If you wish institutions to comply quickly, detailed guidance will be essential, especially in the Department’s apparent expectation to assure compliance only if a student receives 50% of a program in another state.  While every permutation cannot be anticipated, guidelines on what will be counted as “at a distance” would be helpful.  This includes indications of how blended courses, internships, and joint degree programs would be counted.

It might be easier to forego the 50% definition and use each state’s criterion as the federal requirement.  Otherwise, an institution might be obligated to be approved according to state regulations, but not for federal purposes.  It is already difficult enough having more than fifty state definitions without also having to determine the a 50% level for each state, especially if the activity in the state might push an institution above or below that threshold from term-to-term.  Having an authorization definition that differs from the states will be confusing to institutional personnel and students.  It will also alienate those charged with enforcing state regulations.

Support the State Authorization Reciprocity Agreement

Beginning with the original guidance accompanying the issuance of § 600.9(c)[15] the Department has strongly supported reciprocity as a means towards compliance.  Since that language (and the subsequent guidance) was vacated, the Department should restate its support for a reciprocal agreement.  WCET strongly supports WICHE’s leadership in implementing the State Authorizaiton Reciprocity Agreement.

State Authorization for Foreign Locations of Institutions Located in a State

Other than appearing as part of the announcement for the new negotiated rulemaking effort, there has been little said about the concerns that the Department has about this issue. WCET was able to confirm that “foreign” refers to locations in other countries.  WCET members have these questions:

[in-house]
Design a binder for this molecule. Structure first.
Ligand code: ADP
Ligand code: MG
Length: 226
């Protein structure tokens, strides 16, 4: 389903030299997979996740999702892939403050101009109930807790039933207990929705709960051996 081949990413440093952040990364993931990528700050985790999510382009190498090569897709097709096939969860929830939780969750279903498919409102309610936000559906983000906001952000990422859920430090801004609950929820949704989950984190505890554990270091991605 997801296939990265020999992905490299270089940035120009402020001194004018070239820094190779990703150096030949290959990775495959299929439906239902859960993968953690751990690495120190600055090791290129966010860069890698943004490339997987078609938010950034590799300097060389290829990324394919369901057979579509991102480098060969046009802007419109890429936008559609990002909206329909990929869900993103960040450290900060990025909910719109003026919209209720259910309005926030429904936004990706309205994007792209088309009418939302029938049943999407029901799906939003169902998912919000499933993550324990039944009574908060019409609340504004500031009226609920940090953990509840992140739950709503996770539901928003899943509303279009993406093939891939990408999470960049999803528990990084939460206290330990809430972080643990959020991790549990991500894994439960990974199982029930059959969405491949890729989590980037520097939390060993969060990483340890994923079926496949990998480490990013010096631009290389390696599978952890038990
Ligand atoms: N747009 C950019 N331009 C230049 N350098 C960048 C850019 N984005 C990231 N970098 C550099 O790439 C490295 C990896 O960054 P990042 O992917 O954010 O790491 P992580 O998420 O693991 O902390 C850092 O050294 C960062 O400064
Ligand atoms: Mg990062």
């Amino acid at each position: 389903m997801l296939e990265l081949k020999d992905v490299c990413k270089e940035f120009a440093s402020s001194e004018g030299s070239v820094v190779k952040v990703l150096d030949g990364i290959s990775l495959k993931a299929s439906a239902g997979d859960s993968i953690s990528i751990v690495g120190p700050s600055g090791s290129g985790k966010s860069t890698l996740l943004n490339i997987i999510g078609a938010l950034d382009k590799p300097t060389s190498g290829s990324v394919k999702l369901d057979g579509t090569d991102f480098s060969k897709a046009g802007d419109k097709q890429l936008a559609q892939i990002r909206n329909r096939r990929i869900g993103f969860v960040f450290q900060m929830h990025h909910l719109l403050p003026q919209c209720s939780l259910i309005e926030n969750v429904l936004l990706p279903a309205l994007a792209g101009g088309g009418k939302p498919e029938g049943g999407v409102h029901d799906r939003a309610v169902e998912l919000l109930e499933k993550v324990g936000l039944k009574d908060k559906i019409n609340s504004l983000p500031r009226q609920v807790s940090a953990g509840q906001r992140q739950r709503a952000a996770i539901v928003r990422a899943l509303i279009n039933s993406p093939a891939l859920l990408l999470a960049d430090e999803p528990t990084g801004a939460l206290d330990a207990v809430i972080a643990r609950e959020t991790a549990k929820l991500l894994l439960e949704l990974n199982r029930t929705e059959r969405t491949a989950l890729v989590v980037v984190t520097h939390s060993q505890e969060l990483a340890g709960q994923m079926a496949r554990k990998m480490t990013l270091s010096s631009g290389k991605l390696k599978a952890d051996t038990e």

• Will any provision arising from this discussion apply to distance education in foreign locations?
  • Does this apply only to students who are eligible for federal financial aid?

In Conclusion

WCET has a long history of working on federal policy issues.  Recently, we have also begun partnering with other educational technology and continuing education organizations in sharing policy perspectives. Some of the issues that arose from the original state authorization regulation had to do with those composing the regulation not fully comprehending the state of the art in distance education.  WCET would be happy to serve as a resource and to work with its partner organizations (several of which are named in this document) in helping to craft forward-looking regulations.

Sincerely,

Russell Poulin
Deputy Director, Research & Analysis
WCET – WICHE Cooperative for Educational Technologies
rpoulin@wiche.edu
303-541-0305


[15] http://www.ecfr.gov/cgi-bin/text-idx?c=ecfr;sid=422e8e1e4276e7662af45f2cd8f09d1e;rgn=div2;view=text;node=20101029%3A1.25;idno=34;cc=ecfr;start=1;size=25

= = = = = = = = = = =

Russell Poulin
Deputy Director, Research & Analysis
WCET – WICHE Cooperative for Educational Technologies
rpoulin@wiche.edu
303-541-0305

If you have not done so already, join WCET.

Photo Credit:  Thank you to Scott Cline, California College of Arts, for tweeting out this photo.  If only he had a better subject.

2 Comments

  1. Posted June 13, 2013 at 6:28 pm | Permalink | Reply

    Russ,

    Thank you for articulating the issues and challenges within the context of the current landscape. The definitions and examples provided in the testimony strongly support the points of guidance, and they are instructional to those who seek to understand possible implications of law and policy–especially from the perspective of the student.

  2. Diane Goldsmith
    Posted June 12, 2013 at 7:28 am | Permalink | Reply

    Russ,
    Once again you have done a wonderful job of articulating the concerns of WCET’s members and providing important guidance on how these issues might best be approached. I particularly applaud your advice that we move away from the bifurcation of “distance” and “face to face.” Thanks.

2 Trackbacks

  1. […] or plagiarism on assessments) and is NOT about fraud (deliberate attempts to steal money).  In my testimony to the Department on this topic last year, I urged them not to confuse financial aid fraud with academic integrity.  […]

  2. […] that will be considered that are of great interest to the distance education community.  WCET testified at a hearing in June 2013 regarding the issues that are under […]